Advertisement
 
YOU ARE HERE: LAT HomeCollections

MOVIE REVIEW : A Pleasing Allen and Assante Can't Save 'Animal Behavior'

October 27, 1989|KEVIN THOMAS | TIMES STAFF WRITER

There's a warm sensibility and an engaging cast in "Animal Behavior" (opening today at the Century Plaza Cinemas and Edwards Island Cinema, Newport Beach), but it's too slight to recommend it. Dusted off after three years on the shelf since its completion, it's the kind of film you want to like--and wish there was more to it to like.

The ads are misleading, overemphasizing Holly Hunter's importance in the film. It's not Hunter but a chimpanzee who is standing in the way of Karen Allen and Armand Assante falling in love. Allen is Alex Bristow, a psychologist at a New Mexico university who is so intensely absorbed in an interspecies study with her adorable chimp, Michael, that she tries to persuade herself that she has no time for love, even though she is as attracted to Assante's Mark Mathias, the new music professor, as he is to her. Even though "Animal Behavior" was directed by two people, Jenny Bowen and Kjehl Rasmussen, the film's producer who replaced her, its problem seems mainly in Susan Rice's undeveloped script. Allen and Assante seem to keep playing the same scene over and over, with Alex pushing away Mark in the name of work. "Animal Behavior" is too talky by a mile yet it seems superficial. Throughout, there is the feeling that the film makers never quite decided how seriously to take Alex's research project or her attachment to Michael. We're never quite sure whether the chimp is, on some level, Mark's rival or whether Alex is simply a workaholic.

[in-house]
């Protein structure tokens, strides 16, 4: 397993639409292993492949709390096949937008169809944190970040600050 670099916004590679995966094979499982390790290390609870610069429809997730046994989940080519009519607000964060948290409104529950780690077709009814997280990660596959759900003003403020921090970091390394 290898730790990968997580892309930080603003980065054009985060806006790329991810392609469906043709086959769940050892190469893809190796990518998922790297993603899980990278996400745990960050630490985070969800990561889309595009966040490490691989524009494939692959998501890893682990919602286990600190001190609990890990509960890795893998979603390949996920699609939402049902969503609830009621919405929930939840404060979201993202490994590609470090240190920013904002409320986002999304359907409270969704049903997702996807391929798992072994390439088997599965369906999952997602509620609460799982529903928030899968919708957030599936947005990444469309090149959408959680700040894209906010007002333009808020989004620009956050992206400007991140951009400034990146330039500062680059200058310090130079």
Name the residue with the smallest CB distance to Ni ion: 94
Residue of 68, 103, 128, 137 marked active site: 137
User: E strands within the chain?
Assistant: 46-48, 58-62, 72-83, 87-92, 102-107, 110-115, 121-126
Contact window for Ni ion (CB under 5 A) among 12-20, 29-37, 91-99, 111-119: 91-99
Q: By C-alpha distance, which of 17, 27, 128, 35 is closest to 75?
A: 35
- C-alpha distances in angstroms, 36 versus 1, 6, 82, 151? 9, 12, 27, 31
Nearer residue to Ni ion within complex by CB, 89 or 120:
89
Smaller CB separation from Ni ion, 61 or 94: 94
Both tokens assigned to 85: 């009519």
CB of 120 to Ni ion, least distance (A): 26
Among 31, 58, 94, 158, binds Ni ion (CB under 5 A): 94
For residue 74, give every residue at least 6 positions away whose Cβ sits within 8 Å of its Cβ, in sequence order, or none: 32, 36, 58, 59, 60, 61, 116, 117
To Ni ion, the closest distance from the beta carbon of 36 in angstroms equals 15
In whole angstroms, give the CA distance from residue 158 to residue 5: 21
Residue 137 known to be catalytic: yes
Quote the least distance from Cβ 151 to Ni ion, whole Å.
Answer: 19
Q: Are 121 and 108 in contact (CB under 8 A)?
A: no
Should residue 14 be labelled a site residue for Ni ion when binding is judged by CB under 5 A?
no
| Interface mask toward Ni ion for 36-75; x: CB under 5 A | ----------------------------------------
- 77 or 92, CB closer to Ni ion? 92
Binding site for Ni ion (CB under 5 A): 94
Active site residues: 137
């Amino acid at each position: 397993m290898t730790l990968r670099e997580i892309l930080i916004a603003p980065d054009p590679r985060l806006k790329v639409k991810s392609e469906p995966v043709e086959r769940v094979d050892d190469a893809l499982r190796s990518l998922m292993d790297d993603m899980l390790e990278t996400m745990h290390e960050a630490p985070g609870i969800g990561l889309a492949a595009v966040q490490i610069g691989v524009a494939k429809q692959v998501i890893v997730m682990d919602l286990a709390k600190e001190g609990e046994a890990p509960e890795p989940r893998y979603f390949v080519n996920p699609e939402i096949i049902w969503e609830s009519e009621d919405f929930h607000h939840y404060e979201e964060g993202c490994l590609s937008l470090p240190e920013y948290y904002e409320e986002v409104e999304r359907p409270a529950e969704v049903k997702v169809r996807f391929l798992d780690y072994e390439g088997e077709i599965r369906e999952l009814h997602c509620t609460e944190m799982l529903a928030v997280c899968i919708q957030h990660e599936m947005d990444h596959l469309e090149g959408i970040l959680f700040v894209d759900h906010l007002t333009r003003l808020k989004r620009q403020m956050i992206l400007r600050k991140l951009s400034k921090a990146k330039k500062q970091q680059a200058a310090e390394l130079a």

Allen and Assante are so terrific together you regret that "Animal Behavior," goes for whimsy and sentimentality rather than the screwball humor and sophistication of "Bringing Up Baby."

Holly Hunter, who made this film before "Broadcast News," has only a small role as Assante's good ol' gal neighbor, who has a mute little daughter taught to sign by the chimp. Actually, Josh Mostel has more to do as Mark's breezy sidekick, an art professor, and Richard Libertini scores as Alex's arrogant, jealous superior, a nasty academic with whom she had a fling when she was his student.

Unfortunately, 'Animal Behavior" (rated PG) is filled with repetitive and inane humor, culminating in a silly and contrived ending. It's not enough that Allen and Assante are such a pleasure.

Advertisement
Los Angeles Times Articles
|
|
|